Customer Specific Requirements (CSR) according to IATF

The organization implementing a quality management system according to IATF 16949 should be aware that in addition to meeting the requirements specified in the technical specification above, it must also meet the requirements of its customers regarding the quality management system.

Customer Specific Requirements are absolutely essential for the automotive industry. Why? Because a Quality Management System certified in accordance with the IATF standard does not exist without them.

Customer Specific Requirements – definition

It can be said simply that these are customer requirements that specify points of the IATF standard. But all customers? Not exactly. These are the requirements of those customers (OEM – Original Equipment Manufacturing) who are members of the IATF organization.

Currently, we have 12 of them (as of April 28, 2024). They issue their CSR’s that suppliers must consider in the quality management system.

Customer Specific Requirements in relation to Customer Requirements

When discussing CSR’s, we cannot mention Customer Requirements (CR – Customer Requirement). These concepts are often confused. The IATF standard defines that Customer Requirements include requirements:

  • General Terms
  • Technical
  • Commercial
  • Product
  • Production process
  • and Customer Specific Requirements

As can be easily observed, CSR’s are part of Customer Requirements that we as suppliers must meet when delivering parts to customers affiliated with the IATF organization.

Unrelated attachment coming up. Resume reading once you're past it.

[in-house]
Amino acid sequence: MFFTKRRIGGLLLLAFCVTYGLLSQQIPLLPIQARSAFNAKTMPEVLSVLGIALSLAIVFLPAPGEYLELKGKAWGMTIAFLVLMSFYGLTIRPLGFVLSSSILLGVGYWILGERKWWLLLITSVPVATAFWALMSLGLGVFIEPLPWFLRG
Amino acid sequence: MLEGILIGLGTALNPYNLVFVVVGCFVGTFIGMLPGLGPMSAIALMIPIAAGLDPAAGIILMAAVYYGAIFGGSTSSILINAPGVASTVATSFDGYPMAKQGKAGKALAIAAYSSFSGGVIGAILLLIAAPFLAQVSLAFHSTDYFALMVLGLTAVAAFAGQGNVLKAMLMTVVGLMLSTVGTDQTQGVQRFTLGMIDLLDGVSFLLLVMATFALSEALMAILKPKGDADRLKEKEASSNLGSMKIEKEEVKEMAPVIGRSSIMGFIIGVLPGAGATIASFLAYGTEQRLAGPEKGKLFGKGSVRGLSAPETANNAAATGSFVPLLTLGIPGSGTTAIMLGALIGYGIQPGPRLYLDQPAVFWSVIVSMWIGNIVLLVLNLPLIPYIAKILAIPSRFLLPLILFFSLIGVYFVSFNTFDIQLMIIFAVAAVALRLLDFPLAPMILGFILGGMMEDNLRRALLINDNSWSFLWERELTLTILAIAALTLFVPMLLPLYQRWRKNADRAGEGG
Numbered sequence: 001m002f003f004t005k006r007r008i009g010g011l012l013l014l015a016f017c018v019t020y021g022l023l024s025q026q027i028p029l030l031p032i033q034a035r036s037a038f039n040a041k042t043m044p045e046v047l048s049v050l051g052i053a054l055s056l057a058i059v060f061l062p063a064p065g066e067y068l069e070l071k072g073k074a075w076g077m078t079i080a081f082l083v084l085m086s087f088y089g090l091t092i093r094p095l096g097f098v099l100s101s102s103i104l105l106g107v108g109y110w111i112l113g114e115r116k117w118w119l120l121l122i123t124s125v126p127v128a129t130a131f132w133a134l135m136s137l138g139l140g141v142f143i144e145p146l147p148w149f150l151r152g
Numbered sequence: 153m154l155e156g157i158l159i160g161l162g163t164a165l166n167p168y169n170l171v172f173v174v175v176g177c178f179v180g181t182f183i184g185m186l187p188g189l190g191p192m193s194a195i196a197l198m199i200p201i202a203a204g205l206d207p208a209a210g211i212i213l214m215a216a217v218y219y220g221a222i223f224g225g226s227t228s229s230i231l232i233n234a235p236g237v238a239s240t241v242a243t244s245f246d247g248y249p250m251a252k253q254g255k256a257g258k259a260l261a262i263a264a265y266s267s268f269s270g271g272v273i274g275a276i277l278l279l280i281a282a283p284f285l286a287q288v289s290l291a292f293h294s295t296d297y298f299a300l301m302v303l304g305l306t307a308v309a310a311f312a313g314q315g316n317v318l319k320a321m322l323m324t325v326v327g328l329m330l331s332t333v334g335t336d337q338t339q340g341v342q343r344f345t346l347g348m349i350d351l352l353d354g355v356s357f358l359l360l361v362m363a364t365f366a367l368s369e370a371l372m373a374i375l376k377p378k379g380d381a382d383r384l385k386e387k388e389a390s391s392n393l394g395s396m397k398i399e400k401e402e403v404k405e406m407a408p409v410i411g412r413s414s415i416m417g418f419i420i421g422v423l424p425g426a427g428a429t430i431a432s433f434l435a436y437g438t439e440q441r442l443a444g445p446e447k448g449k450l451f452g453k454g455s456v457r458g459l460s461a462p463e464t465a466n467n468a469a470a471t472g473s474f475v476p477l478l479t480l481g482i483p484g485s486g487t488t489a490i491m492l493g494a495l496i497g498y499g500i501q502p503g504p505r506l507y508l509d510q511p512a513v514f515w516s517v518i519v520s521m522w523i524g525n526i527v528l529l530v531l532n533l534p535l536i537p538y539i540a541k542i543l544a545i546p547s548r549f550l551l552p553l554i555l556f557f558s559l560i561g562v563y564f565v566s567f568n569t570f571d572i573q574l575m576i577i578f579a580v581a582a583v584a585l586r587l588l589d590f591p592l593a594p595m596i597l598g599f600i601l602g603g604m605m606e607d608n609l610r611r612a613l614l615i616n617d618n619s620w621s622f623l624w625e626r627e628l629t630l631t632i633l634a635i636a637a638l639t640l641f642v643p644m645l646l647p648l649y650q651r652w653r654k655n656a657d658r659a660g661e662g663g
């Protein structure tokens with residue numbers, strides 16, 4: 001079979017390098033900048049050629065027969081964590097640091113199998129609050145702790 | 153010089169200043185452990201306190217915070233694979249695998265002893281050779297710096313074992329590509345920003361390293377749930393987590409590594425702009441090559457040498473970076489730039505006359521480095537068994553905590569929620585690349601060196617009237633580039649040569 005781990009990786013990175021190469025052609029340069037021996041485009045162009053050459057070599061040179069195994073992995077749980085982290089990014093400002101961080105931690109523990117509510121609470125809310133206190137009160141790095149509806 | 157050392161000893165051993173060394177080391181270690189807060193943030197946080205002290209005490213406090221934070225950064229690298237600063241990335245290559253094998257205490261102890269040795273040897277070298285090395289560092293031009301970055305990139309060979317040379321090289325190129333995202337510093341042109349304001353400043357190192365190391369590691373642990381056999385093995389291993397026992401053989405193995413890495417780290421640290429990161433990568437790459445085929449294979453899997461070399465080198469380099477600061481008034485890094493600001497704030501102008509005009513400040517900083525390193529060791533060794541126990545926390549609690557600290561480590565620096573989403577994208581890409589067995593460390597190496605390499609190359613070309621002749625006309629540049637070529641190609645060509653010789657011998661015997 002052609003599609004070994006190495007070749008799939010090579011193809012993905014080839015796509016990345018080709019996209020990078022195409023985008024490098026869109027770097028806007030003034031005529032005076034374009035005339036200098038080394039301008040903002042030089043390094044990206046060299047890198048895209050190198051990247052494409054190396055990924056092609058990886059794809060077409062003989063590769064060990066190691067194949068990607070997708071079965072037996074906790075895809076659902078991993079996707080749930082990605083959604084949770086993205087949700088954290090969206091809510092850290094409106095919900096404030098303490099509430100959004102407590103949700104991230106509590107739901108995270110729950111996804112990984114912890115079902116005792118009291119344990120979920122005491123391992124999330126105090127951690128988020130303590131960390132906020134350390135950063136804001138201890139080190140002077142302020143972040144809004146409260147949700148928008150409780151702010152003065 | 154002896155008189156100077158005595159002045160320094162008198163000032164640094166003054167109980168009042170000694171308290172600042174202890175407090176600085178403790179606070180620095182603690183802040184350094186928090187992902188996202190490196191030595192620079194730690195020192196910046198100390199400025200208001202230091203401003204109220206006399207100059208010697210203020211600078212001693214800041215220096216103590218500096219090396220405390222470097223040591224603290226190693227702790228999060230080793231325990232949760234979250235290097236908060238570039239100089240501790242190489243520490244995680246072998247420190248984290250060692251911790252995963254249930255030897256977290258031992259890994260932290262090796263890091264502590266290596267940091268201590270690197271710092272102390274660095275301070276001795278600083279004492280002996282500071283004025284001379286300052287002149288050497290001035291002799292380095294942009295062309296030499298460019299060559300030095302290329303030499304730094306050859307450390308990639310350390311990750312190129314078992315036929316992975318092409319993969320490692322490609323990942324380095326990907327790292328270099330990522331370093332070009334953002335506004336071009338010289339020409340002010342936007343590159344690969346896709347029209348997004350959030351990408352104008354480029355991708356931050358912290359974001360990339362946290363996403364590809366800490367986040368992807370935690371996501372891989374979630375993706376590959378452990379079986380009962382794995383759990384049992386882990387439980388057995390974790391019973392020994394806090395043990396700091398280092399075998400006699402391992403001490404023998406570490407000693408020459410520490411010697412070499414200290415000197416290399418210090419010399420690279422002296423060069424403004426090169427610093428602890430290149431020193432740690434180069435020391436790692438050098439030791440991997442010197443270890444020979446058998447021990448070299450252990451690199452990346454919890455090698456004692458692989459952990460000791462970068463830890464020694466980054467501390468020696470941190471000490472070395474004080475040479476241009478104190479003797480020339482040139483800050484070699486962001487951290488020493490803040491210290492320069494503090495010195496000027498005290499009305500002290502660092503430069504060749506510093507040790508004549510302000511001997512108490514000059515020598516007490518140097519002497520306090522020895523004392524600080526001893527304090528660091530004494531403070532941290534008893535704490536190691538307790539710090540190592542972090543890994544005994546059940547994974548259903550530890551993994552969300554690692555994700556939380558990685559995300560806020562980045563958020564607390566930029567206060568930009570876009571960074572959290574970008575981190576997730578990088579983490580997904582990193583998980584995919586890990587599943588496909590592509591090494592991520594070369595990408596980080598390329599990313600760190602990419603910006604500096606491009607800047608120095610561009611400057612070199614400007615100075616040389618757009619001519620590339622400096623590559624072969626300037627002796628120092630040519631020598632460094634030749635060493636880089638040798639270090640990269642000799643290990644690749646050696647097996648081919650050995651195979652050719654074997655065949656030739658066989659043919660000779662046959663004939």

It is also important to note which CSR’s should be enforced. Are those that are valid on the day the contract is signed? Or those that will be updated in the future. Why? Because later they will function throughout the entire production cycle until its completion (EoP – End of Production).

Such a document is published under the name “Customer Specific Requirements” and it is part of customer requirements – see the diagram below. Thus, manufacturer’s customers (OEMs) have an impact on its quality management system

They are issued by individual clients as additions specifying the requirements of IATF 16949, and their current versions are always available at

The CSRs are specified differently for each automotive industry customer

We can distinguish them in terms of specificity for:

  • product/service
  • project
  • supplier

According to the requirements of 4.3.2, we should assess them and include them in the scope of the organization’s quality management system. During audits of the quality management system, we should then continue this assessment as required by

For this reason, it is essential that each owner of the business processes carried out in the organization has sufficient knowledge, supported by internal or external training, regarding specific customer requirements applicable to their areas.

Additionally, it is worth remembering that they know when we publish new updates of such requirements. The implementation of the above is possible through the portal, which provides this opportunity by subscribing (see below).

In this manner, each time we publish new versions of Customer Specific Requirements, we will automatically send this information to their mailbox. This will enable them to verify the suitability of their application in the business processes for which they are responsible.”

What are the key requirements of the IATF standard related to CSR’s?

When discussing CSR topics, it is worth closely analyzing the IATF standard and identifying relevant requirements. The most important ones are outlined below:

Customer Specific Requirements - where are in IATF requirements

Fig.1. Customer Specific Requirements in relation to the IATF standard

4.3.2. Customer Specific Requirements

This point states that the organization should assess CSRs and, after conducting the assessment, appropriately update its quality management system scope. The scope itself defines the boundaries of its application. d) Quality Management System Documentation